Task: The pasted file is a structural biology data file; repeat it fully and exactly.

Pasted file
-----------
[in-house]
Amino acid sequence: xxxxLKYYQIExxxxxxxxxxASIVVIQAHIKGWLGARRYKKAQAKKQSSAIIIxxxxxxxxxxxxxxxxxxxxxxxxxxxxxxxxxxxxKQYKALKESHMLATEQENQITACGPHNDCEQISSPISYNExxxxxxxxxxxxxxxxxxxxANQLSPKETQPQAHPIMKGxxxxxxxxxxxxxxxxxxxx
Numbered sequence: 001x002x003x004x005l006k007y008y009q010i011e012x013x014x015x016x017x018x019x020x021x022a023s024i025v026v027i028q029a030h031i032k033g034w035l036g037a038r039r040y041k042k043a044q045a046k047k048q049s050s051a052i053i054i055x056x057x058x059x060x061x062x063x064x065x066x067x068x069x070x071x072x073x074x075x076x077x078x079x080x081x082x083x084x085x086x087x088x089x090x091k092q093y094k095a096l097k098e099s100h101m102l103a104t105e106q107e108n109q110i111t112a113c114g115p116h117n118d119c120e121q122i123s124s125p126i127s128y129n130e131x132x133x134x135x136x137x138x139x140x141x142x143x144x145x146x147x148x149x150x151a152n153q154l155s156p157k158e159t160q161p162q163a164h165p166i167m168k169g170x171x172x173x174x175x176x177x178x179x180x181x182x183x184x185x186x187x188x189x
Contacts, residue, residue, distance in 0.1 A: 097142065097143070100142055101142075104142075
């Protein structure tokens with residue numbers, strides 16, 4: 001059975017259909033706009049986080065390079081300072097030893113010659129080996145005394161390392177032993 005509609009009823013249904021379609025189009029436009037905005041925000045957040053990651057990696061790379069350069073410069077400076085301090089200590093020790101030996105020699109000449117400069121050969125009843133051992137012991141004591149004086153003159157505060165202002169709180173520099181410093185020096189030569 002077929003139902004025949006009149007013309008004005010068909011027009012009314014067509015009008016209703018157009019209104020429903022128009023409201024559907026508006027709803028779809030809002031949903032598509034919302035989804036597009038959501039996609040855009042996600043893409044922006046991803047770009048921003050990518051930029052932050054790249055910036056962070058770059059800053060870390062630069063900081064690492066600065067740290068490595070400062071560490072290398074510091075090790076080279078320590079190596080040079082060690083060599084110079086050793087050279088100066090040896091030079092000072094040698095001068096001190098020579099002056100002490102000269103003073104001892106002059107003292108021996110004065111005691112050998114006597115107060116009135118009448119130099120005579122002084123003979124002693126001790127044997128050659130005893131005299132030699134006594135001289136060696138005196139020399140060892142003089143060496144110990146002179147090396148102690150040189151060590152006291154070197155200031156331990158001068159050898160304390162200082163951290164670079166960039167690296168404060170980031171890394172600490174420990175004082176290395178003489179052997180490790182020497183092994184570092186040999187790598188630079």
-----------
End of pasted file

[in-house]
Amino acid sequence: xxxxLKYYQIExxxxxxxxxxASIVVIQAHIKGWLGARRYKKAQAKKQSSAIIIxxxxxxxxxxxxxxxxxxxxxxxxxxxxxxxxxxxxKQYKALKESHMLATEQENQITACGPHNDCEQISSPISYNExxxxxxxxxxxxxxxxxxxxANQLSPKETQPQAHPIMKGxxxxxxxxxxxxxxxxxxxx
Numbered sequence: 001x002x003x004x005l006k007y008y009q010i011e012x013x014x015x016x017x018x019x020x021x022a023s024i025v026v027i028q029a030h031i032k033g034w035l036g037a038r039r040y041k042k043a044q045a046k047k048q049s050s051a052i053i054i055x056x057x058x059x060x061x062x063x064x065x066x067x068x069x070x071x072x073x074x075x076x077x078x079x080x081x082x083x084x085x086x087x088x089x090x091k092q093y094k095a096l097k098e099s100h101m102l103a104t105e106q107e108n109q110i111t112a113c114g115p116h117n118d119c120e121q122i123s124s125p126i127s128y129n130e131x132x133x134x135x136x137x138x139x140x141x142x143x144x145x146x147x148x149x150x151a152n153q154l155s156p157k158e159t160q161p162q163a164h165p166i167m168k169g170x171x172x173x174x175x176x177x178x179x180x181x182x183x184x185x186x187x188x189x
Contacts, residue, residue, distance in 0.1 A: 097142065097143070100142055101142075104142075
């Protein structure tokens with residue numbers, strides 16, 4: 001059975017259909033706009049986080065390079081300072097030893113010659129080996145005394161390392177032993 005509609009009823013249904021379609025189009029436009037905005041925000045957040053990651057990696061790379069350069073410069077400076085301090089200590093020790101030996105020699109000449117400069121050969125009843133051992137012991141004591149004086153003159157505060165202002169709180173520099181410093185020096189030569 002077929003139902004025949006009149007013309008004005010068909011027009012009314014067509015009008016209703018157009019209104020429903022128009023409201024559907026508006027709803028779809030809002031949903032598509034919302035989804036597009038959501039996609040855009042996600043893409044922006046991803047770009048921003050990518051930029052932050054790249055910036056962070058770059059800053060870390062630069063900081064690492066600065067740290068490595070400062071560490072290398074510091075090790076080279078320590079190596080040079082060690083060599084110079086050793087050279088100066090040896091030079092000072094040698095001068096001190098020579099002056100002490102000269103003073104001892106002059107003292108021996110004065111005691112050998114006597115107060116009135118009448119130099120005579122002084123003979124002693126001790127044997128050659130005893131005299132030699134006594135001289136060696138005196139020399140060892142003089143060496144110990146002179147090396148102690150040189151060590152006291154070197155200031156331990158001068159050898160304390162200082163951290164670079166960039167690296168404060170980031171890394172600490174420990175004082176290395178003489179052997180490790182020497183092994184570092186040999187790598188630079």